Living With . . .

Living With the Dread of Having a Child Mocked Unfairly

Tuesday, July 14, 2009

A feature in which readers describe how they have adjusted to life with a chronic illness.

When our daughter was diagnosed at 3 months with a rare chromosomal syndrome rendering her disabled across the board, I had two thoughts. One, selfish lamentation for the difficult years I knew lay ahead for me and my husband; and two, sorrow for the way I just knew the world would perceive little Emily. It was not a question of whether she would be teased but rather what would we do when the inevitable exclusion and mockery began?

Having grown up in the rural Midwest, my experience with those of color, of different faiths, and with special needs was extremely limited. If there was a child with disabilities in the area, he or she was shunted off to a special school. As a high school teacher after passage of the Americans with Disabilities Act, I saw the occasional special-needs student in my classes. Nevertheless, my childhood mind-set was reinforced: Kids with differences exist on the fringes and do not, despite mainstreaming efforts, really belong.

As Emily grew into a toddler and her condition became more obvious, there were certainly stares. To my surprise, in these looks I saw not the judgment I expected, only natural curiosity. Natural to wonder why a child of a certain age was not yet walking, or made odd sounds with no words. These glances were accompanied by understanding and usually a helping hand. I had to wonder: Were people becoming more accepting? Had the new laws forced those with disabilities to the forefront in a way that could not be ignored? Or had I grievously misjudged people's capacity for tenderness and understanding?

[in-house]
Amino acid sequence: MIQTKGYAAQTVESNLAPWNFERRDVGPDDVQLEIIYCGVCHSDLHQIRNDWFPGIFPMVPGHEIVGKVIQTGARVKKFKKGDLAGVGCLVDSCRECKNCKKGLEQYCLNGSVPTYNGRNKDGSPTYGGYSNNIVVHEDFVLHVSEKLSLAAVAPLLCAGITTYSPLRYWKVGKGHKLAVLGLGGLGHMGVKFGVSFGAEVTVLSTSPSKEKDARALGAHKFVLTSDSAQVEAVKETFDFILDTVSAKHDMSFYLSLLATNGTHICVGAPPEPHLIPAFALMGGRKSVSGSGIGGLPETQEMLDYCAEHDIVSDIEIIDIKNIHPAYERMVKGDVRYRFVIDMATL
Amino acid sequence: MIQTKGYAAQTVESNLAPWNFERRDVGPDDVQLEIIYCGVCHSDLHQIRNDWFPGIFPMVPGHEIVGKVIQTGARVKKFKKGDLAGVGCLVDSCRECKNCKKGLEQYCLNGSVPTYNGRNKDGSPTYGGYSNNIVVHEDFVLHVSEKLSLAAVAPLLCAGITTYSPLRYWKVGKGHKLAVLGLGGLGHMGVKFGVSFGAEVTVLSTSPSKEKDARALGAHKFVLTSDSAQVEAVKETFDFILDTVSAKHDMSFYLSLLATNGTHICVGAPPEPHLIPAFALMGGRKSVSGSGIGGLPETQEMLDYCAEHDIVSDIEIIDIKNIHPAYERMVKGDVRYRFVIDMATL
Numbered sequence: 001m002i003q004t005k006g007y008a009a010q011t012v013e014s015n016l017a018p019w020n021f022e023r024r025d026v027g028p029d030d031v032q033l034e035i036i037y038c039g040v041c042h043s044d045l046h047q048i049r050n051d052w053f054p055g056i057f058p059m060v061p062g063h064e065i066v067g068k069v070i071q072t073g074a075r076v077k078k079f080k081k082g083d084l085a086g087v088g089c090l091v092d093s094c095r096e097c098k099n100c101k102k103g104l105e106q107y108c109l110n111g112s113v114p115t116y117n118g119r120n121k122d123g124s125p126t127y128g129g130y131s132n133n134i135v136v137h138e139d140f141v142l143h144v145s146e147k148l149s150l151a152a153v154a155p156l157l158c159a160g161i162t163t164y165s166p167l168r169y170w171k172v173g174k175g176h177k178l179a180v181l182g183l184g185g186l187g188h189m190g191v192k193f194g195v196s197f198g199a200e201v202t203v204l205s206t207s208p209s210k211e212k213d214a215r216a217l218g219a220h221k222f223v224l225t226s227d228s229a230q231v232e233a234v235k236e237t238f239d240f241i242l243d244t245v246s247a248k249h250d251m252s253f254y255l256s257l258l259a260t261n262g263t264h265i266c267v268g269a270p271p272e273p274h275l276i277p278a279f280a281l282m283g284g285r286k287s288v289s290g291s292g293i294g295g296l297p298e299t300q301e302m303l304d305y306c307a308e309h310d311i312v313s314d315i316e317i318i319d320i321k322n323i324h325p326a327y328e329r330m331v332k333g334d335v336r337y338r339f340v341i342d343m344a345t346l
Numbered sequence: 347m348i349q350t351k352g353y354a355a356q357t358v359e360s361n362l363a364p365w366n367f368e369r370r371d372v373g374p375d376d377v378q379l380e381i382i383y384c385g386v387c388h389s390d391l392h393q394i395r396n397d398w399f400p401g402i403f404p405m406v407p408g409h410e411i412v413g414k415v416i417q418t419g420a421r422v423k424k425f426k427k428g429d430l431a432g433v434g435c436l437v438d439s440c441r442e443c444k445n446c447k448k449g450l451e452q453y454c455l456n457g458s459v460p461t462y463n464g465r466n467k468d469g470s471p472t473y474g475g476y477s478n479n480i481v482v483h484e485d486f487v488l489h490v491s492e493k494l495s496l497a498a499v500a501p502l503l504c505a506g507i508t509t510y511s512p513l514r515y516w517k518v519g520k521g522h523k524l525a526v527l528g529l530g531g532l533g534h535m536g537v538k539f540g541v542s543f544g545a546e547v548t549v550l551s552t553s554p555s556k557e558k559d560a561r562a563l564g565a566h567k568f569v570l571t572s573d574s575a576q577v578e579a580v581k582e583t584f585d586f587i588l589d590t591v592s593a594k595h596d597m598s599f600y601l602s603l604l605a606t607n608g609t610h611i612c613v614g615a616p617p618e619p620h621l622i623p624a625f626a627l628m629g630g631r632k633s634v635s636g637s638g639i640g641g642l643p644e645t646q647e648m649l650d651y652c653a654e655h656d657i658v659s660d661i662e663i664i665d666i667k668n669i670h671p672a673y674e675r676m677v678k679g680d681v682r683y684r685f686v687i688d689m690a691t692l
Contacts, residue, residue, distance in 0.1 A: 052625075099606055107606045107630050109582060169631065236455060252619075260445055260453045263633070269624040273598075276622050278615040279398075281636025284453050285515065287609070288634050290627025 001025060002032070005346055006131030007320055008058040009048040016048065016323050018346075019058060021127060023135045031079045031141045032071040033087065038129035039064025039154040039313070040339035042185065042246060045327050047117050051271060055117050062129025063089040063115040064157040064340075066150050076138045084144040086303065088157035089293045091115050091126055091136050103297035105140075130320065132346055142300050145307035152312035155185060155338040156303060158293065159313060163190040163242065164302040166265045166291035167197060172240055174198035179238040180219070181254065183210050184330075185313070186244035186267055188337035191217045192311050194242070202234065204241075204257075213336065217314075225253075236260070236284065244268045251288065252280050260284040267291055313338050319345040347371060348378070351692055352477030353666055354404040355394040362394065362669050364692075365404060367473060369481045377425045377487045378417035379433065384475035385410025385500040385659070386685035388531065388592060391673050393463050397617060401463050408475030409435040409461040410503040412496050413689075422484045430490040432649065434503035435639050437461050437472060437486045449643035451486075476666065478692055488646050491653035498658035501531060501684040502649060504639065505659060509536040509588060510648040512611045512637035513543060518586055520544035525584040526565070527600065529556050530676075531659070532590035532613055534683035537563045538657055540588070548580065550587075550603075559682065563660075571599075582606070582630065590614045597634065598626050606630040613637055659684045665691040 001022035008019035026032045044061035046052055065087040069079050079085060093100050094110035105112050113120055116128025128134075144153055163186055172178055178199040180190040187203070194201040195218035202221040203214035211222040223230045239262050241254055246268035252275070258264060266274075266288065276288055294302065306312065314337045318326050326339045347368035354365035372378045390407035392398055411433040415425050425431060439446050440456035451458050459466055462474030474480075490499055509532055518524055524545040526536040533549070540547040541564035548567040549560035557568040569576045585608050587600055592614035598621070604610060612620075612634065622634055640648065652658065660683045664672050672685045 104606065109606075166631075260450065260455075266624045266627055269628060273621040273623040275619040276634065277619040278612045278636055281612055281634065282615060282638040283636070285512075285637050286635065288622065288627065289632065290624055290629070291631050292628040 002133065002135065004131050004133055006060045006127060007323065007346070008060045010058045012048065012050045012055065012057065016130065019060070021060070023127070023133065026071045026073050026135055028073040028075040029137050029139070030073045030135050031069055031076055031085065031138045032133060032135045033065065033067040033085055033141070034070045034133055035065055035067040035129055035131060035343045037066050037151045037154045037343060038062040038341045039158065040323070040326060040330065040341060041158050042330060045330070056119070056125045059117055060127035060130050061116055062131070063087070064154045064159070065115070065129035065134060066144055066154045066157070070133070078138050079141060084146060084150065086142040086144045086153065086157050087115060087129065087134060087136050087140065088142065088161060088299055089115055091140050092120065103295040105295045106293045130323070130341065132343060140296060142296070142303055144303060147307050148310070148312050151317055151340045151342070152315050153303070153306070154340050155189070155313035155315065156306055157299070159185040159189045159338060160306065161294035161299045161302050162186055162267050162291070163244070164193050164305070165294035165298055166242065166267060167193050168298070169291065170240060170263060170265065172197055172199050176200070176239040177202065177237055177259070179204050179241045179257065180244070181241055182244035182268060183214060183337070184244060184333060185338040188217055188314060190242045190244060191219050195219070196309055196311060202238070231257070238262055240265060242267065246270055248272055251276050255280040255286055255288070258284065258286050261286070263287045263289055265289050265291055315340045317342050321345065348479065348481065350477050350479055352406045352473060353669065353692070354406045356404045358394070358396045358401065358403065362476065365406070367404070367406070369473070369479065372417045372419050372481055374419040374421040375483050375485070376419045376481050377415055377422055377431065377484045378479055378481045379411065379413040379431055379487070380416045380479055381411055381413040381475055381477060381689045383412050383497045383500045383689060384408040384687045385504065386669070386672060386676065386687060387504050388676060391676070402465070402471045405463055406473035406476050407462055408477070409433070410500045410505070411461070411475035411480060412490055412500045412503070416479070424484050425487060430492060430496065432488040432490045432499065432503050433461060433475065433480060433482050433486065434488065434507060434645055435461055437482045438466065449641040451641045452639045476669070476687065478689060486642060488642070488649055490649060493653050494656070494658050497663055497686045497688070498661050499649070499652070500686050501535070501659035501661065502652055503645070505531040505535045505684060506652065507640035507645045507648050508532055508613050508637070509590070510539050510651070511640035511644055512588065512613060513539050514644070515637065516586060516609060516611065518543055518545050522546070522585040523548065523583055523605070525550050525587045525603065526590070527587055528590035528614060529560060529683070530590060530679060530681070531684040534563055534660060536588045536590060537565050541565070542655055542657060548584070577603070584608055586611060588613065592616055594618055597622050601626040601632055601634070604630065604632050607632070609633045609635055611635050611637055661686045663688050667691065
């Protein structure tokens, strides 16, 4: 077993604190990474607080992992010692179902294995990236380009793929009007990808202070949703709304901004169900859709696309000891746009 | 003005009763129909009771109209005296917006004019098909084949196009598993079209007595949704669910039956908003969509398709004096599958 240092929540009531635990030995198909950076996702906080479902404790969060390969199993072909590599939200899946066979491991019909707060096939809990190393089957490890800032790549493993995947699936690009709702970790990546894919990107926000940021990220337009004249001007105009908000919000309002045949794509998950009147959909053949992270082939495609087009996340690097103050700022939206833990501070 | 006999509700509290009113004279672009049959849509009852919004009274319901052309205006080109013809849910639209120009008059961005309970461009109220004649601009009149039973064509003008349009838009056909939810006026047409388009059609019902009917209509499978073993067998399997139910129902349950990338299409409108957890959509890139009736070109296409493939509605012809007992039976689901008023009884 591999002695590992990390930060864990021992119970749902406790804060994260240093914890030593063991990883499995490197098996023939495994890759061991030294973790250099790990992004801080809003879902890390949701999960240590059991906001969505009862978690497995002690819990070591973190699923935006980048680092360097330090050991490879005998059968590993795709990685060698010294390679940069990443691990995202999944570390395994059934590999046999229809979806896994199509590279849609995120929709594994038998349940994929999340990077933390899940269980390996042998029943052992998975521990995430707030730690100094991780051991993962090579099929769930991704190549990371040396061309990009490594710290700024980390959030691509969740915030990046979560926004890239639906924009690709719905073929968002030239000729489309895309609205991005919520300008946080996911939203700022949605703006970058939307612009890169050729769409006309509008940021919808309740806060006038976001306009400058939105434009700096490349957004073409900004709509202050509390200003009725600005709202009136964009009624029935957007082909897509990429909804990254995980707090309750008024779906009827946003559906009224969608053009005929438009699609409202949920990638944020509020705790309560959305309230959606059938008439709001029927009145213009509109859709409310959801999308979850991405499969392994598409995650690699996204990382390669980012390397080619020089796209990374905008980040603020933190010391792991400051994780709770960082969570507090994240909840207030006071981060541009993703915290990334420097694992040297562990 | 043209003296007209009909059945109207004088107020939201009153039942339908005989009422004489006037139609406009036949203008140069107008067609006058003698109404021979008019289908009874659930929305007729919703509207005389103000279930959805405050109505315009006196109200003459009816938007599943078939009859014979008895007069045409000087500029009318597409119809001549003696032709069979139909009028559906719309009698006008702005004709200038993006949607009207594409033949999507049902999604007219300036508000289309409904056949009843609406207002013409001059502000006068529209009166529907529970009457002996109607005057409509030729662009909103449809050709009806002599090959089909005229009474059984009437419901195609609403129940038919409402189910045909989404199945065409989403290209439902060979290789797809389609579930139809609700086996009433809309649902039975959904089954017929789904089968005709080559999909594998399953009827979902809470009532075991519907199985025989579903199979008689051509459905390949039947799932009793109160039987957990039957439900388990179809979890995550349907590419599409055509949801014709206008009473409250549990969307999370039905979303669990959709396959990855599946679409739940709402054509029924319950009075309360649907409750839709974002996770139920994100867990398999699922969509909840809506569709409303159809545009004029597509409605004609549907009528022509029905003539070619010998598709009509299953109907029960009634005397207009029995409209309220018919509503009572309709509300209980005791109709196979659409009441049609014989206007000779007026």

As Emily moved into the public school system, I steeled myself for seeing her through a long road of friendlessness and isolation. But again my fears were supplanted by an unexpected reality. Emily's peers accepted her, despite significant cognitive and developmental impairments, with a quiet nonchalance. In class, a neighbor student would help Emily retrieve her worksheet from her folder and remind her to stay on task. In the lunchroom, same-age peers would help Emily negotiate the crowded cafeteria and assist her with her food. Emily went on every field trip, was invited to many birthday parties and graduated from elementary school amidst cheers.

The teasing never happened. No one withdrew. What a watershed to be so wrong about that.

-- Judith Scott, Ellicott City

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